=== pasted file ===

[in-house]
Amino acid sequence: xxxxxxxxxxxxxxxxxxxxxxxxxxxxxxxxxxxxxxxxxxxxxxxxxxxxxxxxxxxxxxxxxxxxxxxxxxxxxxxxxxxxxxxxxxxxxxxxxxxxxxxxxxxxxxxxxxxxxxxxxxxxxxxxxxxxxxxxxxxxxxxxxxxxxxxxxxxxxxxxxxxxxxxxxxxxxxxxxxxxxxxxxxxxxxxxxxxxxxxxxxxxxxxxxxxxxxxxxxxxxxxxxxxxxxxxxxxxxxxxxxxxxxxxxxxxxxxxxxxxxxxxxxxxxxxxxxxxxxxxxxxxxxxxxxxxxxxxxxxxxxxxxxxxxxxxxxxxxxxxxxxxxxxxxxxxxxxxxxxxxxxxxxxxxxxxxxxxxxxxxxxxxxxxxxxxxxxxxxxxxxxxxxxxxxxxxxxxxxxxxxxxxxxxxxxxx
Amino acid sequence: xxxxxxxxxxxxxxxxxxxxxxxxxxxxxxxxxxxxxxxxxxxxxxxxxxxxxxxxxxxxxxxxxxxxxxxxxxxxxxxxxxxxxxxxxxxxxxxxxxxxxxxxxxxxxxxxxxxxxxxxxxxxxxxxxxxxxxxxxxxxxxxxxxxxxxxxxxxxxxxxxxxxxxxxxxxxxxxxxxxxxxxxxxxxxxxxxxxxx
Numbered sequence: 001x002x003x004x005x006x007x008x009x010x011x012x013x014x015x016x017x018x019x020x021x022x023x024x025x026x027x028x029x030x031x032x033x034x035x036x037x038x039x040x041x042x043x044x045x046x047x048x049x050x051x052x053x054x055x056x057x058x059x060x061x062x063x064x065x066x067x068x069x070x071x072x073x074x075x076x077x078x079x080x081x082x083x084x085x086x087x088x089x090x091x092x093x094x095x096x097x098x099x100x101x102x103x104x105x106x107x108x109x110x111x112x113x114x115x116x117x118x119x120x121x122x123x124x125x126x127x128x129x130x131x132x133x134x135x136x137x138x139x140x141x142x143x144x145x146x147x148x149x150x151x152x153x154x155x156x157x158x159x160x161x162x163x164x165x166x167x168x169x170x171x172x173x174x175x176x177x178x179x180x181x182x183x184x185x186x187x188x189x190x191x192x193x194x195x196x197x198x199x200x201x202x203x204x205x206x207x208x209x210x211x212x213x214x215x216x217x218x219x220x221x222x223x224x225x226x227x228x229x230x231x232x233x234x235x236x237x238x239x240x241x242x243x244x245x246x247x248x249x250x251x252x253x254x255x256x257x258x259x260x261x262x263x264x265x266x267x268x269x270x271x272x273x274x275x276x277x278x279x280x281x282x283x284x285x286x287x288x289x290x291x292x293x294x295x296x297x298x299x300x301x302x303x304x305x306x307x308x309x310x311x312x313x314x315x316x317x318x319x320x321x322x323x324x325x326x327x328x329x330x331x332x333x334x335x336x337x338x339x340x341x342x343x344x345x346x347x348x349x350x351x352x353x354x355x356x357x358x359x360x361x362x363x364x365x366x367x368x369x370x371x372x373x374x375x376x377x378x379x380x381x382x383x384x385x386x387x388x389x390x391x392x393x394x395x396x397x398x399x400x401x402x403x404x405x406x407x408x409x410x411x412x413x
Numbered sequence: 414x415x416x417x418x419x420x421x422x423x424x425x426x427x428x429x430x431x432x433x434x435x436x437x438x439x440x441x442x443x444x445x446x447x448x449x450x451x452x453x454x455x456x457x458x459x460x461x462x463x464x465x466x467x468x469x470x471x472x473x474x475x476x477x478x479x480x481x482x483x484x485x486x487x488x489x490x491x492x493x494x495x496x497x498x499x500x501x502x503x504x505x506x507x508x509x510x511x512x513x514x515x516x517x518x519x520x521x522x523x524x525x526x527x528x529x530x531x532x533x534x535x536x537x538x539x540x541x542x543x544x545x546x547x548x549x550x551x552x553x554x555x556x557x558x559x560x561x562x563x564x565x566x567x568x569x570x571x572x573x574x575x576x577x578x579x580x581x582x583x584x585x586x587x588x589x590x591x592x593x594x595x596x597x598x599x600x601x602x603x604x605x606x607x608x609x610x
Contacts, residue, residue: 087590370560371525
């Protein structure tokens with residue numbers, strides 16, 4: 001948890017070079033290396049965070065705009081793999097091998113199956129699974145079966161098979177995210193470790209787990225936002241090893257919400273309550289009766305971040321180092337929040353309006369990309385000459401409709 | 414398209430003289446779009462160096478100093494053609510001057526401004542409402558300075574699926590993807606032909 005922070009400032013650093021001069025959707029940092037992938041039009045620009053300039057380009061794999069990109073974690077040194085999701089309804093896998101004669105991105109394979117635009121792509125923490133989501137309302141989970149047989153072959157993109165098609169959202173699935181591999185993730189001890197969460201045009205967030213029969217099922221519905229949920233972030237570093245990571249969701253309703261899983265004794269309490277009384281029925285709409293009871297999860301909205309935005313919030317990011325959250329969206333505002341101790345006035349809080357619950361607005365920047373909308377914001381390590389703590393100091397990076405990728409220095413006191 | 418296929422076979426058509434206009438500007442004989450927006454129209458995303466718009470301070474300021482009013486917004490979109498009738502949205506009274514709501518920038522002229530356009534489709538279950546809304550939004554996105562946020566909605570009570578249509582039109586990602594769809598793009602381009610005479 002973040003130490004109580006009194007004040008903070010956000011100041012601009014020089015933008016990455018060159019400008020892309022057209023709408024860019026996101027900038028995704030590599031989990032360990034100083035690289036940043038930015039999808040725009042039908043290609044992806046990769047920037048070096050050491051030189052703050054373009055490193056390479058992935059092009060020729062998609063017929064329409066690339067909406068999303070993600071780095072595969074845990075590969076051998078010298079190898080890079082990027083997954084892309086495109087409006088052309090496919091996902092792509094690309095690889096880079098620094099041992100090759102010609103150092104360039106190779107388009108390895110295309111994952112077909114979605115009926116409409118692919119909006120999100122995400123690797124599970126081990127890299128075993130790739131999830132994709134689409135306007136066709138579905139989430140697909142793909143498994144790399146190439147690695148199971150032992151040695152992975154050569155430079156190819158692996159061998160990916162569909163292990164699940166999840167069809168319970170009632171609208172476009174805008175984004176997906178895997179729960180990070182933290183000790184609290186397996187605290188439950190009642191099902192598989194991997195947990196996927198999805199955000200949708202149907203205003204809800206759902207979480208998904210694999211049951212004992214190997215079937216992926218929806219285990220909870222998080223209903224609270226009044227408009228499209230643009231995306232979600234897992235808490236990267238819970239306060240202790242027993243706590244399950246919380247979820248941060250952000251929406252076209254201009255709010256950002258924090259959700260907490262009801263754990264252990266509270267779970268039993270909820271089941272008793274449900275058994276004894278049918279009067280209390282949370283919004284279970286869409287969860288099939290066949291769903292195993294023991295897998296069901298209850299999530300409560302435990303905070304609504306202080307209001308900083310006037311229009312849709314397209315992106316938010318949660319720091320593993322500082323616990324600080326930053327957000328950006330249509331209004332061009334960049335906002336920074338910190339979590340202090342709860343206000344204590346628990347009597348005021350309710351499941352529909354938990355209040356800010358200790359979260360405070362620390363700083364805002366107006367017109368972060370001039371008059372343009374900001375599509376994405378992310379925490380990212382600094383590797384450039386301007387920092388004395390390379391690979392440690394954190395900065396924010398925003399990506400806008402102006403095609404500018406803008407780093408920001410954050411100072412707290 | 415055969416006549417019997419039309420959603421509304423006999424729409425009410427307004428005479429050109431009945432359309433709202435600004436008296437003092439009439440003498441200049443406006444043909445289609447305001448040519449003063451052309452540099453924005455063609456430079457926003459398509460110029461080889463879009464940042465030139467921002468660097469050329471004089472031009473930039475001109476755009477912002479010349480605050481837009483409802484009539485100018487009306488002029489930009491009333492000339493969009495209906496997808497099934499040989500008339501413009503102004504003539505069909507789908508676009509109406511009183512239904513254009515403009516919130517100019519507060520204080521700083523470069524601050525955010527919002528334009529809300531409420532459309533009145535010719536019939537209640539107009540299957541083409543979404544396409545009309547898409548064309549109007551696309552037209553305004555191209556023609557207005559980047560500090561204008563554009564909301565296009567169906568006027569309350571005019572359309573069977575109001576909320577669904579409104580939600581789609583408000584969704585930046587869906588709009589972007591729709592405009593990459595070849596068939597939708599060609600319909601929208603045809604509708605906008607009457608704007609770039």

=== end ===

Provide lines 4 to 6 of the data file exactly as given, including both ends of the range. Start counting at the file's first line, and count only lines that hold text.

Numbered sequence: 001x002x003x004x005x006x007x008x009x010x011x012x013x014x015x016x017x018x019x020x021x022x023x024x025x026x027x028x029x030x031x032x033x034x035x036x037x038x039x040x041x042x043x044x045x046x047x048x049x050x051x052x053x054x055x056x057x058x059x060x061x062x063x064x065x066x067x068x069x070x071x072x073x074x075x076x077x078x079x080x081x082x083x084x085x086x087x088x089x090x091x092x093x094x095x096x097x098x099x100x101x102x103x104x105x106x107x108x109x110x111x112x113x114x115x116x117x118x119x120x121x122x123x124x125x126x127x128x129x130x131x132x133x134x135x136x137x138x139x140x141x142x143x144x145x146x147x148x149x150x151x152x153x154x155x156x157x158x159x160x161x162x163x164x165x166x167x168x169x170x171x172x173x174x175x176x177x178x179x180x181x182x183x184x185x186x187x188x189x190x191x192x193x194x195x196x197x198x199x200x201x202x203x204x205x206x207x208x209x210x211x212x213x214x215x216x217x218x219x220x221x222x223x224x225x226x227x228x229x230x231x232x233x234x235x236x237x238x239x240x241x242x243x244x245x246x247x248x249x250x251x252x253x254x255x256x257x258x259x260x261x262x263x264x265x266x267x268x269x270x271x272x273x274x275x276x277x278x279x280x281x282x283x284x285x286x287x288x289x290x291x292x293x294x295x296x297x298x299x300x301x302x303x304x305x306x307x308x309x310x311x312x313x314x315x316x317x318x319x320x321x322x323x324x325x326x327x328x329x330x331x332x333x334x335x336x337x338x339x340x341x342x343x344x345x346x347x348x349x350x351x352x353x354x355x356x357x358x359x360x361x362x363x364x365x366x367x368x369x370x371x372x373x374x375x376x377x378x379x380x381x382x383x384x385x386x387x388x389x390x391x392x393x394x395x396x397x398x399x400x401x402x403x404x405x406x407x408x409x410x411x412x413x
Numbered sequence: 414x415x416x417x418x419x420x421x422x423x424x425x426x427x428x429x430x431x432x433x434x435x436x437x438x439x440x441x442x443x444x445x446x447x448x449x450x451x452x453x454x455x456x457x458x459x460x461x462x463x464x465x466x467x468x469x470x471x472x473x474x475x476x477x478x479x480x481x482x483x484x485x486x487x488x489x490x491x492x493x494x495x496x497x498x499x500x501x502x503x504x505x506x507x508x509x510x511x512x513x514x515x516x517x518x519x520x521x522x523x524x525x526x527x528x529x530x531x532x533x534x535x536x537x538x539x540x541x542x543x544x545x546x547x548x549x550x551x552x553x554x555x556x557x558x559x560x561x562x563x564x565x566x567x568x569x570x571x572x573x574x575x576x577x578x579x580x581x582x583x584x585x586x587x588x589x590x591x592x593x594x595x596x597x598x599x600x601x602x603x604x605x606x607x608x609x610x
Contacts, residue, residue: 087590370560371525